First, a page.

Thursday, October 8, 2020

Teaching Digitally as an Adventure (Part 3)

It's that time again! When I realize I have postponed posting too long and now have a lot to update--but less than I should because honestly I felt a little lost off and on recently. 

I think that's okay.

I think this year, if we don't treat ourselves with grace, we are going to implode.

So I don't have as much, but I did create a couple of new things and I'm going to continue to share all my stories with you because..I don't know what might or might not inspire and if what I have can help someone, then I want it to be out there!

I changed the organization this time because it has been so long that I just figured it would be easier to wade through the things I have made that way.

The Story So Far
Here is the story of Andromeda so far. I have illustrated parts 1-3 and not part 4. There are definitely going to be mistakes because sometimes I am throwing this thing together at the last minute. But I am excited to be working on this thing.

  1. Andromeda Prima (illustrated Google Slide) (text)
  2. Andromeda Secunda (illustrated Google Slide) (text)
  3. Andromeda Tertia (illustrated Google Slide) (text)

Vocabulary Activities

  1. Match Cards (and template) I made a board using Google Slides that is based on the Memory 
    card game. The basic set up is simple: they have "cards" that they move, and below each is a picture or word. They are to match the Latin words to their meanings, either as pictures or English words. Setting up the board was a little more complex because I wanted them to be able to work independently of me and I wanted each student or group of students to be able to progress at their own pace. So I designed this so that you can set up three different memory boards and the students can change to a new board as soon as they finish the old one! To edit the boards does take a little finessing, since you are going to create a background that you then add to one of the master layouts, but I have included a video below to help you out. This game is best used shared with all students able to edit the same Google Slides.
  2. Vocabulary Categories I made a simple template for students to organize the vocabulary we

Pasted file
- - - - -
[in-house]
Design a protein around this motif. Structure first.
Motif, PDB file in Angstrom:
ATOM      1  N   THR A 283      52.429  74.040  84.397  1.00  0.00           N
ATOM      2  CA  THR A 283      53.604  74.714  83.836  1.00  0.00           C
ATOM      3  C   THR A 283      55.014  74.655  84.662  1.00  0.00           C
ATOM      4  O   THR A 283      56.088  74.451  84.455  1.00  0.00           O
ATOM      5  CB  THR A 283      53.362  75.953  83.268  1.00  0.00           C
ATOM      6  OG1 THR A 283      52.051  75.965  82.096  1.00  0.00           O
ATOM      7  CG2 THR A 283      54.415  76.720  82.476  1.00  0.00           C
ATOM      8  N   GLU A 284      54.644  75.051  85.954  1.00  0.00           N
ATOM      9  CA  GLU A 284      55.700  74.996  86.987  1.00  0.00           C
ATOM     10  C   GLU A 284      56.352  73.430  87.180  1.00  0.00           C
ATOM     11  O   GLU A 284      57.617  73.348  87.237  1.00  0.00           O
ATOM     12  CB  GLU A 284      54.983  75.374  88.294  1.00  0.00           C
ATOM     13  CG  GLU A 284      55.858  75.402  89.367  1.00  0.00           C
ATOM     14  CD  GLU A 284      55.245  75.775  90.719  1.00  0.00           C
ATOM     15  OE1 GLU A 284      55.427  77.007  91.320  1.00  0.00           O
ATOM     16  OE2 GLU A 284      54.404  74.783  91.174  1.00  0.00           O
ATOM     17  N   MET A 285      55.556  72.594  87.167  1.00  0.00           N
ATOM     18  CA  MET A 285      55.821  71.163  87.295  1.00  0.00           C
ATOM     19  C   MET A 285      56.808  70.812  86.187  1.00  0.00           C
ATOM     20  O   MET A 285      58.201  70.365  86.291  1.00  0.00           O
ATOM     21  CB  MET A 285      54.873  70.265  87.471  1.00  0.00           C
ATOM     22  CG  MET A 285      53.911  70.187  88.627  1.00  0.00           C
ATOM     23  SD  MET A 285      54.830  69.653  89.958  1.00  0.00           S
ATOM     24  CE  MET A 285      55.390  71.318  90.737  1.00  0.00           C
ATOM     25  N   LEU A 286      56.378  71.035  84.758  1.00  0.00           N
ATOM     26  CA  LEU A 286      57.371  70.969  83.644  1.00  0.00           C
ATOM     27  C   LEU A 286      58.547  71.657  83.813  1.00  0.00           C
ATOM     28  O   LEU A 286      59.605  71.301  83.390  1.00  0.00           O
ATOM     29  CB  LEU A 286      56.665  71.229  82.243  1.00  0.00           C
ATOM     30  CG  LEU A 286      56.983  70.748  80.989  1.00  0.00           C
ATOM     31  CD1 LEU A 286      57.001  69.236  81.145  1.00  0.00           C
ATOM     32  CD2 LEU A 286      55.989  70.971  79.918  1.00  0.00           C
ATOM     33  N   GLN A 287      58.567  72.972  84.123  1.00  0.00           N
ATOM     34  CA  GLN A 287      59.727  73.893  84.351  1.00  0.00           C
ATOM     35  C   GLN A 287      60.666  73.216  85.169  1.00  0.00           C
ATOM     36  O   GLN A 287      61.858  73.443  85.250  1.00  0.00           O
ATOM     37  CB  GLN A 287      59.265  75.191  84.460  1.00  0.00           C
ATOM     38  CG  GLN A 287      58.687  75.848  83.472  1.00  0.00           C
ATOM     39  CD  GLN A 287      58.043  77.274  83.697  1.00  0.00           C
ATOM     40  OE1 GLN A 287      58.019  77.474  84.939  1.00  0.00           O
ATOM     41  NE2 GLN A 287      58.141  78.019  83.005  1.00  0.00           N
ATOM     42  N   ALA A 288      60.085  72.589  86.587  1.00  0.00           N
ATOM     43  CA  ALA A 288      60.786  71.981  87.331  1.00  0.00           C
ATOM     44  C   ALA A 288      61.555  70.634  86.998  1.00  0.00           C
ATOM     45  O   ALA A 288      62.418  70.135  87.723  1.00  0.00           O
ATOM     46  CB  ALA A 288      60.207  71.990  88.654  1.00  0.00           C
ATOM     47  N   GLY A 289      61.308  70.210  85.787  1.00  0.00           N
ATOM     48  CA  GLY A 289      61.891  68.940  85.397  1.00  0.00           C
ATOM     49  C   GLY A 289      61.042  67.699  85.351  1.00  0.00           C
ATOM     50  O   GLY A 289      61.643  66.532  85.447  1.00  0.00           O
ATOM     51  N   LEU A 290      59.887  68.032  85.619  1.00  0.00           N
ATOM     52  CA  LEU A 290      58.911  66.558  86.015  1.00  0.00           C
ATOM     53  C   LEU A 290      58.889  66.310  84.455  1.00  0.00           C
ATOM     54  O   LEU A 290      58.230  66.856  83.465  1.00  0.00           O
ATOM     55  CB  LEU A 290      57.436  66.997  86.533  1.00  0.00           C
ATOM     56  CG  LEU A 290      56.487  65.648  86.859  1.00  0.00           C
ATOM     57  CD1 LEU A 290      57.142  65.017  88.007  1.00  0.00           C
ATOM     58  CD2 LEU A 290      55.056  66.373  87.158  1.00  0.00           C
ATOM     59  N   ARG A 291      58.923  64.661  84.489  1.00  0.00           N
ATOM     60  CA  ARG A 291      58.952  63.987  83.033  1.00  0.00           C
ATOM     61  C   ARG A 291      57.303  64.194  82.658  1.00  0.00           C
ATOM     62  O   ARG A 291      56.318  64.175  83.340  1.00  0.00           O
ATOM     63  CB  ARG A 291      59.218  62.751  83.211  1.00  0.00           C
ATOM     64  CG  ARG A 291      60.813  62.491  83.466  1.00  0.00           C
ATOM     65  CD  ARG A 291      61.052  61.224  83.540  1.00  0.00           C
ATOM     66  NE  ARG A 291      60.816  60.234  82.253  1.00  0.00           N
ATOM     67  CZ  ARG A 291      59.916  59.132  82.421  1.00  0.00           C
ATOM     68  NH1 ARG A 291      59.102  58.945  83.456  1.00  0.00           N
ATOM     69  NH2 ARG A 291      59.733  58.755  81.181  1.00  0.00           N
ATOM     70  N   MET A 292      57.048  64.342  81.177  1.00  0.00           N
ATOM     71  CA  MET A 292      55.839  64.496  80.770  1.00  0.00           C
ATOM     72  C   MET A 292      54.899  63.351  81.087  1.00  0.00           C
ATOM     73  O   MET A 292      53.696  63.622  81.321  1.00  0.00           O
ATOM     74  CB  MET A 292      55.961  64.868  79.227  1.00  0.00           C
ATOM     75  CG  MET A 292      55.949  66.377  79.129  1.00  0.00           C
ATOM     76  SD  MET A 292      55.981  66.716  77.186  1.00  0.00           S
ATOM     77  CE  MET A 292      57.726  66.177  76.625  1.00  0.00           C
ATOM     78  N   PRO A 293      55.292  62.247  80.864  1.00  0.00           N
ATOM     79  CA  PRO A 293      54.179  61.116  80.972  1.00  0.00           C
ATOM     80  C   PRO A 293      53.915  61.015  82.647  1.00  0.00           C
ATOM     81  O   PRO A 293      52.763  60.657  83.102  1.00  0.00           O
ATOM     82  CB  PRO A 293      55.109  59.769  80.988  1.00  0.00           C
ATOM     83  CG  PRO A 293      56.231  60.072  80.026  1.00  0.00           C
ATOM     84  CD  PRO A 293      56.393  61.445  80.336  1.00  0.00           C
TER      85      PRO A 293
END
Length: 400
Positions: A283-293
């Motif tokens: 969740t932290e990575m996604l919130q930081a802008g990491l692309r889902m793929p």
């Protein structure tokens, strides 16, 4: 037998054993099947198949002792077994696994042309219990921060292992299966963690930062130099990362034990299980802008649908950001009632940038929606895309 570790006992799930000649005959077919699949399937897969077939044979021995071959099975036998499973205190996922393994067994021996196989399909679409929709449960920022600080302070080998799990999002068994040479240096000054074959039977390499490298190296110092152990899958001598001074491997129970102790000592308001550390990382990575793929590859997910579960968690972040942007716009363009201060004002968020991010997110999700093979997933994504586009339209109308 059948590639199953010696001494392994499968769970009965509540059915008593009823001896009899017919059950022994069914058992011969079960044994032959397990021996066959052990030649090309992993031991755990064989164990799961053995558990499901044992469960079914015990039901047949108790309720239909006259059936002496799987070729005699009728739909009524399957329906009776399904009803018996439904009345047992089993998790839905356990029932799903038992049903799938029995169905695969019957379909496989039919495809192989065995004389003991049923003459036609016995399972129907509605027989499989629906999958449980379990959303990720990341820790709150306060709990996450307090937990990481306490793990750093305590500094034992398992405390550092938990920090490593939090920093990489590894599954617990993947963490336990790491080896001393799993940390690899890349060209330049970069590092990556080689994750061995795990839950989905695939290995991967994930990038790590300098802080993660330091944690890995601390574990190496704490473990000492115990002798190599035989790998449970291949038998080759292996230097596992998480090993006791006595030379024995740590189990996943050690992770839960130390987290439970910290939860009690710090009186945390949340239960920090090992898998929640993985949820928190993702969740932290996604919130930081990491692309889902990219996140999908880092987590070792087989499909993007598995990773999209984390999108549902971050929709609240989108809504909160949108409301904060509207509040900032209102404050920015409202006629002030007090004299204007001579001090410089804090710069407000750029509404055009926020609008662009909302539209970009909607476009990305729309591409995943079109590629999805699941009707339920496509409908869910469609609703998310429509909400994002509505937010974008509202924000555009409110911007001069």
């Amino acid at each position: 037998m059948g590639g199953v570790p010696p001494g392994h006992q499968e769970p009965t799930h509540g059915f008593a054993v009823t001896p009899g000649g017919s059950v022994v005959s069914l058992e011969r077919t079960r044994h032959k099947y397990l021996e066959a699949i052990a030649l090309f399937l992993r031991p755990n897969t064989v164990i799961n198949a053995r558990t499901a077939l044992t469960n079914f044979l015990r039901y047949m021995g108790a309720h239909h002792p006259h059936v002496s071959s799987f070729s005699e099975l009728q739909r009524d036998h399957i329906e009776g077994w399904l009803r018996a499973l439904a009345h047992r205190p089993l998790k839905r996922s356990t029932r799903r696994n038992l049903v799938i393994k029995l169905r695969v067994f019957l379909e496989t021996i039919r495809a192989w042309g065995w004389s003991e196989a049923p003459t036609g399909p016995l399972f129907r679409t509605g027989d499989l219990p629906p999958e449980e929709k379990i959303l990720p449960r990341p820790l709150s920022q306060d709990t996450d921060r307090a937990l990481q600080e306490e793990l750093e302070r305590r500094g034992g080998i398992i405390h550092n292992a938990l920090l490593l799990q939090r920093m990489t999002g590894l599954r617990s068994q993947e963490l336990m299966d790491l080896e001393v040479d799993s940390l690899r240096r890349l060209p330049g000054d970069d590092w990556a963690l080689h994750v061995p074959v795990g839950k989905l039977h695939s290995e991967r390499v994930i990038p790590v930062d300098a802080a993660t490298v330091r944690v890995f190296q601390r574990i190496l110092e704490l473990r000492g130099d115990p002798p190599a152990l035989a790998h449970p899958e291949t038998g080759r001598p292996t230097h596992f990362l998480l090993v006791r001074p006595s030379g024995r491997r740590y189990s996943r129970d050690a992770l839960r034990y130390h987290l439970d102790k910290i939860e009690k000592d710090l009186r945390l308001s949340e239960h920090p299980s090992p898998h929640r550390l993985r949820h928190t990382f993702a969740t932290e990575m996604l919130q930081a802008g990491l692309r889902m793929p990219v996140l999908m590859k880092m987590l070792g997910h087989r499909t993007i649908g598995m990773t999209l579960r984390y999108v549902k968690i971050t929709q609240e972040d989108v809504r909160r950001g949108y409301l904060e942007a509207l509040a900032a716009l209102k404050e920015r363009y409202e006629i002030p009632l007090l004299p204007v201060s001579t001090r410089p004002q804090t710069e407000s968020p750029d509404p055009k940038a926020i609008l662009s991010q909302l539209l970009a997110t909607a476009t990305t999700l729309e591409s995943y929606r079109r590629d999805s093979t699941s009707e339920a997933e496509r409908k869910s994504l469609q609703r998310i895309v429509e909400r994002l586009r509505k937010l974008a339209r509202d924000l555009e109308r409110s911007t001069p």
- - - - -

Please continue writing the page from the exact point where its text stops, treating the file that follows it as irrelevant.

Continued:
were working on into categories that can be used in various ways. You can leave it as a basic exercise in thinking more deeply about the vocabulary itself or you can make it a competition (one I learned from my friend Patrick Yaggy): If students hit on the same category, they get points for any vocabulary words they used that no one else did in that category; if they come up with a completely unique category, they get points for all the words in that category. This template is ready to use! If you want, you can edit the Instructions in the master view and other parts, etc., to be in your target language. This activity is best used in Google Class as a copy for each student.
  3. Vocabulary Drawings This is a mashup of Keith Toda's Vocabulary Olympics and my Read, Draw, and Discuss. Basically, using (thanks, Meredith White!), I gave students
    nonsense sentences to draw on whiteboards that only I could see, then I would clip two images per sentence, put them on a slide, and discuss them with the class to review the sentence and the vocabulary. This is easy to prep: put sentences that will create fun images on Google slides that also use the vocabulary you want to focus on. This activity is best used shared with all students able to view the same Google Slides.
Reinforcing the Story
  1. SNAP (and template) I made a new game! I can't help myself. I get bored with old games. This
    one is meant to be a replacement for Slap Jack, which I created last year to be a more accessible version of Flyswatter. The basic idea is that I put sentences that describe pictures--some from the story and some vocabulary-based pictures--on "cards" that I could read aloud and show students, and I put the pictures in groups, lumped together in order so that students can self-select what level of difficulty they are playing at. To help explain game play and game setup, I have created a video below! This template is easy to edit for your class needs by just changing out the pictures and sentences. This game is best used shared with all students able to edit the same Google Slides.